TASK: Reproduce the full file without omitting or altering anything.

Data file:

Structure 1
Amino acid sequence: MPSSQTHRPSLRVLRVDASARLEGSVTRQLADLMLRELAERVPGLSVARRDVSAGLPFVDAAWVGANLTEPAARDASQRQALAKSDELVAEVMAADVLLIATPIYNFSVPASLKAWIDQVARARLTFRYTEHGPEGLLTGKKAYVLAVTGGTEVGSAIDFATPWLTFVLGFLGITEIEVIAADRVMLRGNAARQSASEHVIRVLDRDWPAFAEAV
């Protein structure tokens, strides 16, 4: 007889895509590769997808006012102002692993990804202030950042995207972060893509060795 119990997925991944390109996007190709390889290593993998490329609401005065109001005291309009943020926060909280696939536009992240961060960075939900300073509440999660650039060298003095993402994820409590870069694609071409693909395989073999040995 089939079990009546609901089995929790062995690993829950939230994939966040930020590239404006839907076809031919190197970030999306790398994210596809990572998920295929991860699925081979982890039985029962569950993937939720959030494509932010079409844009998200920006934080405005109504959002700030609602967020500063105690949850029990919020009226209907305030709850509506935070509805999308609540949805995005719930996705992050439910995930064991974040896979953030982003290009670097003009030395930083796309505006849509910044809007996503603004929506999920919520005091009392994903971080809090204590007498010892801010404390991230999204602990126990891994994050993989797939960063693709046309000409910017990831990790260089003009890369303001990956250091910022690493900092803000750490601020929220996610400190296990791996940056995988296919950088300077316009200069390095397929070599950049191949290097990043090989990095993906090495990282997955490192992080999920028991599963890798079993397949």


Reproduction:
Structure 1
Amino acid sequence: MPSSQTHRPSLRVLRVDASARLEGSVTRQLADLMLRELAERVPGLSVARRDVSAGLPFVDAAWVGANLTEPAARDASQRQALAKSDELVAEVMAADVLLIATPIYNFSVPASLKAWIDQVARARLTFRYTEHGPEGLLTGKKAYVLAVTGGTEVGSAIDFATPWLTFVLGFLGITEIEVIAADRVMLRGNAARQSASEHVIRVLDRDWPAFAEAV
């Protein structure tokens, strides 16, 4: 007889895509590769997808006012102002692993990804202030950042995207972060893509060795 119990997925991944390109996007190709390889290593993998490329609401005065109001005291309009943020926060909280696939536009992240961060960075939900300073509440999660650039060298003095993402994820409590870069694609071409693909395989073999040995 089939079990009546609901089995929790062995690993829950939230994939966040930020590239404006839907076809031919190197970030999306790398994210596809990572998920295929991860699925081979982890039985029962569950993937939720959030494509932010079409844009998200920006934080405005109504959002700030609602967020500063105690949850029990919020009226209907305030709850509506935070509805999308609540949805995005719930996705992050439910995930064991974040896979953030982003290009670097003009030395930083796309505006849509910044809007996503603004929506999920919520005091009392994903971080809090204590007498010892801010404390991230999204602990126990891994994050993989797939960063693709046309000409910017990831990790260089003009890369303001990956250091910022690493900092803000750490601020929220996610400190296990791996940056995988296919950088300077316009200069390095397929070599950049191949290097990043090989990095993906090495990282997955490192992080999920028991599963890798079993397949």